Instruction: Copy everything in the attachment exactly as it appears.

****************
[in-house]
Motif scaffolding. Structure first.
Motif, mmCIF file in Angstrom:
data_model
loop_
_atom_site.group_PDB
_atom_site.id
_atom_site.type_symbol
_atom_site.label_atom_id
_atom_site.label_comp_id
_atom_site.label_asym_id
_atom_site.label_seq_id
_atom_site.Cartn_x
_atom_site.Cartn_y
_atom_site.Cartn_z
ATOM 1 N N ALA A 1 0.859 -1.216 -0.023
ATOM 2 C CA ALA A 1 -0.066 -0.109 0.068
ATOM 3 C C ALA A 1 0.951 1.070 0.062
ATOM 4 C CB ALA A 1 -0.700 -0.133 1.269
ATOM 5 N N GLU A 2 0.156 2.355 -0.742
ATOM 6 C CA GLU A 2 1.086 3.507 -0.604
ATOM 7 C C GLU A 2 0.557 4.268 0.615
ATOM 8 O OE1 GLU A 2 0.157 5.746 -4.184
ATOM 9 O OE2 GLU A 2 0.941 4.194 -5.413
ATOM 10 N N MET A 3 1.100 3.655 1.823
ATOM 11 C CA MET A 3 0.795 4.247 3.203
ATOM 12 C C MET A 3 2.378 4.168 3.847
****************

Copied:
[in-house]
Motif scaffolding. Structure first.
Motif, mmCIF file in Angstrom:
data_model
loop_
_atom_site.group_PDB
_atom_site.id
_atom_site.type_symbol
_atom_site.label_atom_id
_atom_site.label_comp_id
_atom_site.label_asym_id
_atom_site.label_seq_id
_atom_site.Cartn_x
_atom_site.Cartn_y
_atom_site.Cartn_z
ATOM 1 N N ALA A 1 0.859 -1.216 -0.023
ATOM 2 C CA ALA A 1 -0.066 -0.109 0.068
ATOM 3 C C ALA A 1 0.951 1.070 0.062
ATOM 4 C CB ALA A 1 -0.700 -0.133 1.269
ATOM 5 N N GLU A 2 0.156 2.355 -0.742
ATOM 6 C CA GLU A 2 1.086 3.507 -0.604
ATOM 7 C C GLU A 2 0.557 4.268 0.615
ATOM 8 O OE1 GLU A 2 0.157 5.746 -4.184
ATOM 9 O OE2 GLU A 2 0.941 4.194 -5.413
ATOM 10 N N MET A 3 1.100 3.655 1.823
ATOM 11 C CA MET A 3 0.795 4.247 3.203
ATOM 12 C C MET A 3 2.378 4.168 3.847